Mr. Davis said the worst off on the Democratic side is John Edwards, the unfortunate two-time loser whose performance this year - he won just 2.7 percent of all Democratic votes cast - dropped him several notches from his 2004 showing, when he won 19.4 percent.
The former North Carolina senator has ruled himself out for a repeat of 2004, when he was Sen. John Kerry's running mate, though pundits, never ones to be convinced of a "no thanks," say he's still poised to be attorney general or take another, similar position.
Among Republicans, Mr. Davis said the losers are Rudolph W. Giuliani, the former New York City mayor whose political strategy backfired dramatically, and Mr. Thompson, who suffered poor reviews of his performance.
Yet the former Tennessee senator already has found a new niche as a column writer and speaker arguing for classic conservative principles.
"In a constantly changing world there are still some unchanging truths. It is when our party has abandoned our principles that we have gotten into trouble," he told the Pennsylvania Republican State Convention, arguing fealty to the Constitution is still the root of Republicanism.
Of course, it hasn't not been completely smooth sailing for the would-be senior statesmen.
Mr. Richardson was labeled "Judas" by Clinton ally James Carville after he endorsed Sen. Barack Obama. He and Mr. Biden have figured prominently in Republican attacks on Mr. Obama because both of them have disagreed with their presumptive nominee's initial readiness to negotiate face to face with enemy leaders such as Iran's President Mahmoud Ahmadinejad.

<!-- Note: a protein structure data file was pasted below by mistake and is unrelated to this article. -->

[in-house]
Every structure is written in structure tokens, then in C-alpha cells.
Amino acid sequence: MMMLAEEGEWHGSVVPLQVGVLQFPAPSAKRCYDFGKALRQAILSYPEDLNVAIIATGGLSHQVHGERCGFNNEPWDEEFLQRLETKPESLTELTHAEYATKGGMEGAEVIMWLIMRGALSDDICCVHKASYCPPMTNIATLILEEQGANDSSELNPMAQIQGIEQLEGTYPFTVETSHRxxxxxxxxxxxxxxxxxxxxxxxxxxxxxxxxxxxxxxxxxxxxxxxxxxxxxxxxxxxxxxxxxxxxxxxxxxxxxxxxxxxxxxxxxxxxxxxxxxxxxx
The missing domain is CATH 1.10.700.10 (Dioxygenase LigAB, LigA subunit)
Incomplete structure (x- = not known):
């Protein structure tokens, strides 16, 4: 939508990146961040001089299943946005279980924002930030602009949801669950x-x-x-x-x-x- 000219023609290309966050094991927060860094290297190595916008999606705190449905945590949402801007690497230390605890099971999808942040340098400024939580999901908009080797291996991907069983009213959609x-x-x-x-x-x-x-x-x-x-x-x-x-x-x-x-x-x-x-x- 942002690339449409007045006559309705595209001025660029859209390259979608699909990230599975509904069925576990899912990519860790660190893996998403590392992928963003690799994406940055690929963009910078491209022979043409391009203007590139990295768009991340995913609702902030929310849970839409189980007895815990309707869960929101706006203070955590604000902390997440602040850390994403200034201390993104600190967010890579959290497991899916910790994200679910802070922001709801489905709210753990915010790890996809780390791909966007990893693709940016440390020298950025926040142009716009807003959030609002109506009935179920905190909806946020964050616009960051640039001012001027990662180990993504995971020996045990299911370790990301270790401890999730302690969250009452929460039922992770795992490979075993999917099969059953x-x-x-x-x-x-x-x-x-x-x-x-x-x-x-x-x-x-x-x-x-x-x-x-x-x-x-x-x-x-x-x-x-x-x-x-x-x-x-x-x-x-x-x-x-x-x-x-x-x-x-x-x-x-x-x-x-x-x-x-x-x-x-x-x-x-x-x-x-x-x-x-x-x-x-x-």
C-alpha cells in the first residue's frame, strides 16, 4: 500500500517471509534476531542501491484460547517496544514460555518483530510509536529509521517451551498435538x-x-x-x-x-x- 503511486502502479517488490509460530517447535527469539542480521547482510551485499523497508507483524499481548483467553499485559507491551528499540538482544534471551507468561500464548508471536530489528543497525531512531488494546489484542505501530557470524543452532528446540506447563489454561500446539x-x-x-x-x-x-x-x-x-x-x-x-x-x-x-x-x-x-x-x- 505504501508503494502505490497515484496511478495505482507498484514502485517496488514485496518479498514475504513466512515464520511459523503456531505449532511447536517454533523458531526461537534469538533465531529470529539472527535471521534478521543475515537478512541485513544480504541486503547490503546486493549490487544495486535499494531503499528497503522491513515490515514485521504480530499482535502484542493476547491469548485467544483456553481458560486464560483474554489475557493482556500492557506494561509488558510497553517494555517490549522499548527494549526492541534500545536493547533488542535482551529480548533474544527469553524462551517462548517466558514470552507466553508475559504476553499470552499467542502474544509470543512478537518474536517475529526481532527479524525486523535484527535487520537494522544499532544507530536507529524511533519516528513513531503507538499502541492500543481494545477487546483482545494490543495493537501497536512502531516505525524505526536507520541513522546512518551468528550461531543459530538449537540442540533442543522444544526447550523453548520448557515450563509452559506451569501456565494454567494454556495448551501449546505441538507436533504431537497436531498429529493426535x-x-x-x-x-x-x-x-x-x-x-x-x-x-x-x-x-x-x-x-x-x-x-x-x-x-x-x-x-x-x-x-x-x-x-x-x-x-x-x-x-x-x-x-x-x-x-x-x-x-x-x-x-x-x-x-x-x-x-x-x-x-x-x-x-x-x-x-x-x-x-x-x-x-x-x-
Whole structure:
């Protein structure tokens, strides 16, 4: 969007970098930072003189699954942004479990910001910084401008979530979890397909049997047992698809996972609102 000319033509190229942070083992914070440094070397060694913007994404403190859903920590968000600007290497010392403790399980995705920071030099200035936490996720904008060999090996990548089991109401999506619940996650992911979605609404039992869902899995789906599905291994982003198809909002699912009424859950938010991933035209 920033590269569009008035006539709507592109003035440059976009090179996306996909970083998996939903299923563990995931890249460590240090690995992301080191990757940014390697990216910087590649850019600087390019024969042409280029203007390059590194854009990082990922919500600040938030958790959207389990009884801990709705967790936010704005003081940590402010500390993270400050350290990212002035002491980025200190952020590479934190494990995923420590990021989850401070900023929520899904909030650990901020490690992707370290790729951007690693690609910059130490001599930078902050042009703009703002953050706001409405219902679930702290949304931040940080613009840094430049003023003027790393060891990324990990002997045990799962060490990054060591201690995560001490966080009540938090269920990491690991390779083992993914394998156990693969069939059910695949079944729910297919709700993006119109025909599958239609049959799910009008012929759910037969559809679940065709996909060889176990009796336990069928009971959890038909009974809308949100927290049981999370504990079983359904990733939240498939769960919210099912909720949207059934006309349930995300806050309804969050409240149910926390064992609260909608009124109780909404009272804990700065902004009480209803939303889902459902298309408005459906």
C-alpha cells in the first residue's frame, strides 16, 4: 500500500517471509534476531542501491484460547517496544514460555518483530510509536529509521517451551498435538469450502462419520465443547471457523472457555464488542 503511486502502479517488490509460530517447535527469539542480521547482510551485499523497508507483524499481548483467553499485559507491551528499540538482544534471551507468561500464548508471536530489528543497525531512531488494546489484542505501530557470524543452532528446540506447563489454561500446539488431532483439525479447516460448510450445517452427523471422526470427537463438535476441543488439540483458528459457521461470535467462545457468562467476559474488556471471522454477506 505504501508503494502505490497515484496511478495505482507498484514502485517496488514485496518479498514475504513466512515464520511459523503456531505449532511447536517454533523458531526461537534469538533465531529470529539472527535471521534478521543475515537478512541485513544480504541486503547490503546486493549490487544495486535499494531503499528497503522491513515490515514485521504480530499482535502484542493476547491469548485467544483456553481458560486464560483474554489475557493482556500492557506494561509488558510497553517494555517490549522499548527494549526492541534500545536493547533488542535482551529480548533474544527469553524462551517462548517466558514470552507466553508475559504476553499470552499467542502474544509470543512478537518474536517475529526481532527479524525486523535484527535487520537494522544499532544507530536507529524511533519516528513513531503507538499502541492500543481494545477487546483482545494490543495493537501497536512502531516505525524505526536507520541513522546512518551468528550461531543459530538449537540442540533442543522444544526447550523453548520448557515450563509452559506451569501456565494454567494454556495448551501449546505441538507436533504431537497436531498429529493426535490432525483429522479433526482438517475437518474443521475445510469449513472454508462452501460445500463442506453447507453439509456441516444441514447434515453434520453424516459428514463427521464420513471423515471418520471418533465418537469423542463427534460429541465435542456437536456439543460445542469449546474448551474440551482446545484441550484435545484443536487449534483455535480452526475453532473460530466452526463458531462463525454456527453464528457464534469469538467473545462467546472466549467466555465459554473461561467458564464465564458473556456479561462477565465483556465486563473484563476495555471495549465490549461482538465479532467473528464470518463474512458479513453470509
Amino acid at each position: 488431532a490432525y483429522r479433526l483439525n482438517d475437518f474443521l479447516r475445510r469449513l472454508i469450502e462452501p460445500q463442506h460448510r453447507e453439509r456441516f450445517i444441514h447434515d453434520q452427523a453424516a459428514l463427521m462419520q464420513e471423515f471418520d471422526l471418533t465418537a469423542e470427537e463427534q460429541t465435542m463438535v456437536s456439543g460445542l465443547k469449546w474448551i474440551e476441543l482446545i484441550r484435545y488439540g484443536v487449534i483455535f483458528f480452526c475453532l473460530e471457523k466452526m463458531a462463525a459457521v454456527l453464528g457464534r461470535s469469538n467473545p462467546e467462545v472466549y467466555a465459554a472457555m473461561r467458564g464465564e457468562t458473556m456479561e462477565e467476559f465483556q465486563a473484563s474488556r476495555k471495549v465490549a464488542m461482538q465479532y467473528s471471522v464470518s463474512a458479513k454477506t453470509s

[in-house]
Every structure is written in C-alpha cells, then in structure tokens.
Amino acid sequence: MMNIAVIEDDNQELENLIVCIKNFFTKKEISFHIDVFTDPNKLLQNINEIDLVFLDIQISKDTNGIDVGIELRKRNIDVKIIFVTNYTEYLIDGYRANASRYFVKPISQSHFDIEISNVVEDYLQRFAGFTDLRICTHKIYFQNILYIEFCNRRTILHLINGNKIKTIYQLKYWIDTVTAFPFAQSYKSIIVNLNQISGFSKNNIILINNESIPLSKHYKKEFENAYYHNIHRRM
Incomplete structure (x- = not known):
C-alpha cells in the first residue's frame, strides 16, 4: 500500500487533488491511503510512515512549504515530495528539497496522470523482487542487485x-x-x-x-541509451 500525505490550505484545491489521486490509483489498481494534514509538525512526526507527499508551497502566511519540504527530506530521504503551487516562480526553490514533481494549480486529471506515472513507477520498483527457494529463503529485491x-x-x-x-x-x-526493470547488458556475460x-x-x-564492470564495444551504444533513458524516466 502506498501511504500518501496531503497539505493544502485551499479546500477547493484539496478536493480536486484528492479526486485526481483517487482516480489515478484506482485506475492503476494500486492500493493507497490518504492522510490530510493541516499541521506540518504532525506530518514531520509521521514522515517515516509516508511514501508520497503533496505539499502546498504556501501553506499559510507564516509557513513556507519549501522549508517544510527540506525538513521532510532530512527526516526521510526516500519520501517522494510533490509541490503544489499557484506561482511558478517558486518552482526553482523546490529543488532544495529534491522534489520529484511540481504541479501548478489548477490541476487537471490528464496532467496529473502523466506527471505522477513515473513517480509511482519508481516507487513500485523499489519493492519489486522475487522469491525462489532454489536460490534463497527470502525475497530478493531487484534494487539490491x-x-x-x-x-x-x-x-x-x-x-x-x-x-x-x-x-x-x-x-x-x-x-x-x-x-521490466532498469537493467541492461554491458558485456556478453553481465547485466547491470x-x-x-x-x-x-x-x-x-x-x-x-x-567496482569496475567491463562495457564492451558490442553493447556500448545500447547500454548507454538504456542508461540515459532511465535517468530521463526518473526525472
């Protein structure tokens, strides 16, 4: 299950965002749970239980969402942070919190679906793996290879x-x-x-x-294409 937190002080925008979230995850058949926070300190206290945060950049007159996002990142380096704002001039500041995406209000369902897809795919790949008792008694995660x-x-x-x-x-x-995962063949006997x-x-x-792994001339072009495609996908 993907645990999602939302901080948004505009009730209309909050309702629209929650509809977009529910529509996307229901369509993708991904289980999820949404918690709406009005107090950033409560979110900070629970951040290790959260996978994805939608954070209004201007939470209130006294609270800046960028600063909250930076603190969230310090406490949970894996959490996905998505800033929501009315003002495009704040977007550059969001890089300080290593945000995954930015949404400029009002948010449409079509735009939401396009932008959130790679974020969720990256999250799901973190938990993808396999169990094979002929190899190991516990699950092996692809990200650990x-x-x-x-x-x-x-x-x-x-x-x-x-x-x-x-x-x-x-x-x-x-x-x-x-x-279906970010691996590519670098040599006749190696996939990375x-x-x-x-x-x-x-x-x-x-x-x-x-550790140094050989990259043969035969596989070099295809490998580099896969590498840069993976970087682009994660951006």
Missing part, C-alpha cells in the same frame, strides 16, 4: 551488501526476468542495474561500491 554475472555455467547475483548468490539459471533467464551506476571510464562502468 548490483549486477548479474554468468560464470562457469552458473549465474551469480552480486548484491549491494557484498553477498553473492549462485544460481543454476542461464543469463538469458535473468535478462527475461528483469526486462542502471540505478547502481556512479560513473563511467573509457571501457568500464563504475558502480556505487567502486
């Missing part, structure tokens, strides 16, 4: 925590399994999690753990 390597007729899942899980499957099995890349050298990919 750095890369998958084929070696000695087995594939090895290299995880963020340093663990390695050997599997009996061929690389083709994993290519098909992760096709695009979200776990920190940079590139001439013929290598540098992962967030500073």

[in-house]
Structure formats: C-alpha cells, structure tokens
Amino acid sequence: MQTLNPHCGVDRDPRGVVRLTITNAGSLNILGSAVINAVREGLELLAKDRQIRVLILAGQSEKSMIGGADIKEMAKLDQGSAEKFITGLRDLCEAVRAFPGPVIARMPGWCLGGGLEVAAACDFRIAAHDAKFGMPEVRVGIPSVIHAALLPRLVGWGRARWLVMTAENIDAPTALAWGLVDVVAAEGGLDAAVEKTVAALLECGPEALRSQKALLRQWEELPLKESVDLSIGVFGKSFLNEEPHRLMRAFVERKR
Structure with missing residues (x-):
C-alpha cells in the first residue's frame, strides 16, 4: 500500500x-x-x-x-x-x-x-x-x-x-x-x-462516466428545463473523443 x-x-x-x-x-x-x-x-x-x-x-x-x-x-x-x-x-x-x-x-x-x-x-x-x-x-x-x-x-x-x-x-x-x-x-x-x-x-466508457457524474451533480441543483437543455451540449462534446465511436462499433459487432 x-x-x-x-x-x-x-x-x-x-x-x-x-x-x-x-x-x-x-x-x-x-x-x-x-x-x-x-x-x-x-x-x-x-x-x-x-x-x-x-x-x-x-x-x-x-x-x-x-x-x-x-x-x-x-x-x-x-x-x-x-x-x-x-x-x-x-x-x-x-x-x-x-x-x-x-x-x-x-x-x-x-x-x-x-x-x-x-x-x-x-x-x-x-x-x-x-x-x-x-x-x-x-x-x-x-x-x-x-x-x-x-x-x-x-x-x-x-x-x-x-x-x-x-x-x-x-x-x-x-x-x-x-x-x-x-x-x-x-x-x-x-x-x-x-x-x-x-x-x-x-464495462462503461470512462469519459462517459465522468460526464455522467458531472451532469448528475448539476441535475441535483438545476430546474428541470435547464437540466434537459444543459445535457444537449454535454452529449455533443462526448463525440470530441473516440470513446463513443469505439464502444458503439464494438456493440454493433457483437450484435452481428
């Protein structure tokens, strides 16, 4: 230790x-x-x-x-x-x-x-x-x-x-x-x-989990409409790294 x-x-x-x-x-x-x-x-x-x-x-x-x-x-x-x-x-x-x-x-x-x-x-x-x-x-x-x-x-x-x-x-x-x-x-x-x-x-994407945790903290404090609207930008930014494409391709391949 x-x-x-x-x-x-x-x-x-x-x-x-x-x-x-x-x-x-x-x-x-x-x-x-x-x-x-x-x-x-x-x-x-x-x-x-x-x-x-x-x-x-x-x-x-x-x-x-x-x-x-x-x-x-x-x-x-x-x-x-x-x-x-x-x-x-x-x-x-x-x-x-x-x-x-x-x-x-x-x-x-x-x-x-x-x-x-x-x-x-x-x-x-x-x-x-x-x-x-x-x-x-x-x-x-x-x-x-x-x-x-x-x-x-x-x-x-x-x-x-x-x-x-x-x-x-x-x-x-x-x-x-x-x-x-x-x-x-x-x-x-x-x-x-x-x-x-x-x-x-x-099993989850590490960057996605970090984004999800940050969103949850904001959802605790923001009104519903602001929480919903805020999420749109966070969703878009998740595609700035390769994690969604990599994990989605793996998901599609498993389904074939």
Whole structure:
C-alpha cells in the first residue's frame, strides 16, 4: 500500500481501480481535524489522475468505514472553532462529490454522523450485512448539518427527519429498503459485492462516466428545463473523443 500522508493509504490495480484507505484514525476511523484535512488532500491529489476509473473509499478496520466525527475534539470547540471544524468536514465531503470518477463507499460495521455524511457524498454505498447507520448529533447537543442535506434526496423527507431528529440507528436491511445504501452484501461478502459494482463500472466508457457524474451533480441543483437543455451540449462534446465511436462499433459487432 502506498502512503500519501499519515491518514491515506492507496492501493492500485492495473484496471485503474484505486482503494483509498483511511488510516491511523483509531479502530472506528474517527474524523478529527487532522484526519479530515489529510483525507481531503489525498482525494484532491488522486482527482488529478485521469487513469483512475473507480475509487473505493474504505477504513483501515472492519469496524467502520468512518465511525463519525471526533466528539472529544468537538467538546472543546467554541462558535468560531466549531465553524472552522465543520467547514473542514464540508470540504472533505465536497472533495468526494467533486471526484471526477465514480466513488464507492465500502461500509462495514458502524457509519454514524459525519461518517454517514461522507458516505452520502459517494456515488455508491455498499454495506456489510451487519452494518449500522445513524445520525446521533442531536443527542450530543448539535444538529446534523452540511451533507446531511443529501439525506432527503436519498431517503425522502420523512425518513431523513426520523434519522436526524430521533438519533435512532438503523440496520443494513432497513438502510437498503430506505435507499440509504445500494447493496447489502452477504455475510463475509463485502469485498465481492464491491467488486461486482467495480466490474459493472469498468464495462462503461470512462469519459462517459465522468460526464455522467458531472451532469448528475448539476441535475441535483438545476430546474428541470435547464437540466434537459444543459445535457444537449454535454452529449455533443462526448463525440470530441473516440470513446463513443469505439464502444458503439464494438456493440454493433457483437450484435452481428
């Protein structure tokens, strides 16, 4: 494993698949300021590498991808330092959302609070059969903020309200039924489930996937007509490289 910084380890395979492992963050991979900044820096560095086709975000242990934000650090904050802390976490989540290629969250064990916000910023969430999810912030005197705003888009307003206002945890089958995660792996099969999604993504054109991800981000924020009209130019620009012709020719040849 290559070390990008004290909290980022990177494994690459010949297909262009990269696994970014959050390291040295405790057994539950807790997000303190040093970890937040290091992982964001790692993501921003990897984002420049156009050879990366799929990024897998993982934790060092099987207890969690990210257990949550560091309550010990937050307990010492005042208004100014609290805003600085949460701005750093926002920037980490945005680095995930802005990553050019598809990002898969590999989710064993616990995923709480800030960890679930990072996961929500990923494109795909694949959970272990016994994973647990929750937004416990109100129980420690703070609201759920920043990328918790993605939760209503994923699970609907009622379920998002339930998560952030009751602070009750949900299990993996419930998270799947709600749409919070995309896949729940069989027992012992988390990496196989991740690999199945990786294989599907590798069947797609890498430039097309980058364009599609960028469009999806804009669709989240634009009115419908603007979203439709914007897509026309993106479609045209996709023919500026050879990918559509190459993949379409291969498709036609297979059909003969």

"Well, you know throughout my career, I've talked to a lot of bad guys. You know, I have talked to [Cuba's Fidel] Castro. I think you don't talk to Ahmadinejad. You talk to some of the moderate clerics," Mr. Richardson, a former ambassador to the United Nations, said on Fox News last month at the height of the back-and-forth between Mr. Obama and Mr. McCain over such meetings.
More than the others, Mr. Biden and Mr. Dodd are using their committee chairmanships - Mr. Biden leads the Foreign Relations Committee, and Mr. Dodd heads the Banking, Housing and Urban Affairs Committee - to drive the Democratic agenda and try to score points against Republicans.
Mr. Dodd has led the Senate's work on a bill to address mortgage problems, while Mr. Biden has become chief attack dog on Mr. McCain's foreign policy, delivering a key speech last month criticizing "Bush-McCain saber rattling" and questioning the Republican candidate's vision of a stable Iraq by 2013.
"There's a reason John is silent. John does have a plan - the very same plan that President Bush is pursuing: stay," Mr. Biden said.
Maybe the roughest road of all was traveled by former Alaska Sen. Mike Gravel, a two-time loser this year alone. After failing to catch fire in the Democratic primary, he jumped parties, joining the Libertarians, only to lose his bid for his adopted party's presidential nomination.